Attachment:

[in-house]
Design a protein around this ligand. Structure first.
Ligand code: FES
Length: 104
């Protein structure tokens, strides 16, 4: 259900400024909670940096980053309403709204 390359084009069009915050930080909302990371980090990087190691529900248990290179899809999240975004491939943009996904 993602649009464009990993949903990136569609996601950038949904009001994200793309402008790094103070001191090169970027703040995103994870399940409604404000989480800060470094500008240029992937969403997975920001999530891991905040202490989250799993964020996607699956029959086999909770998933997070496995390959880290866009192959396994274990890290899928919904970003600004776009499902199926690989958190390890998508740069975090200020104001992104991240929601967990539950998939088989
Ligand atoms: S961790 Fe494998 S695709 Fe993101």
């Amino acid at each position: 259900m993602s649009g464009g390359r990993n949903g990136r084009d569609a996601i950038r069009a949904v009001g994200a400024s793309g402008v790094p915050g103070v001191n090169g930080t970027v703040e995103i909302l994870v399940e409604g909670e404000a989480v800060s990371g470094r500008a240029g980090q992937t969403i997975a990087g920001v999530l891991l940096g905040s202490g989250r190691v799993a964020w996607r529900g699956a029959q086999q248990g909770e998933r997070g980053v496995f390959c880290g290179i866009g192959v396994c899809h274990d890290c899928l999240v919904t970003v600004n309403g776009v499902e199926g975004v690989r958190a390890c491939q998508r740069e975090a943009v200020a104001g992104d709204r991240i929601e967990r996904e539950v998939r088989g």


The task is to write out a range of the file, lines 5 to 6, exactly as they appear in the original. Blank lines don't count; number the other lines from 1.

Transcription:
């Protein structure tokens, strides 16, 4: 259900400024909670940096980053309403709204 390359084009069009915050930080909302990371980090990087190691529900248990290179899809999240975004491939943009996904 993602649009464009990993949903990136569609996601950038949904009001994200793309402008790094103070001191090169970027703040995103994870399940409604404000989480800060470094500008240029992937969403997975920001999530891991905040202490989250799993964020996607699956029959086999909770998933997070496995390959880290866009192959396994274990890290899928919904970003600004776009499902199926690989958190390890998508740069975090200020104001992104991240929601967990539950998939088989
Ligand atoms: S961790 Fe494998 S695709 Fe993101």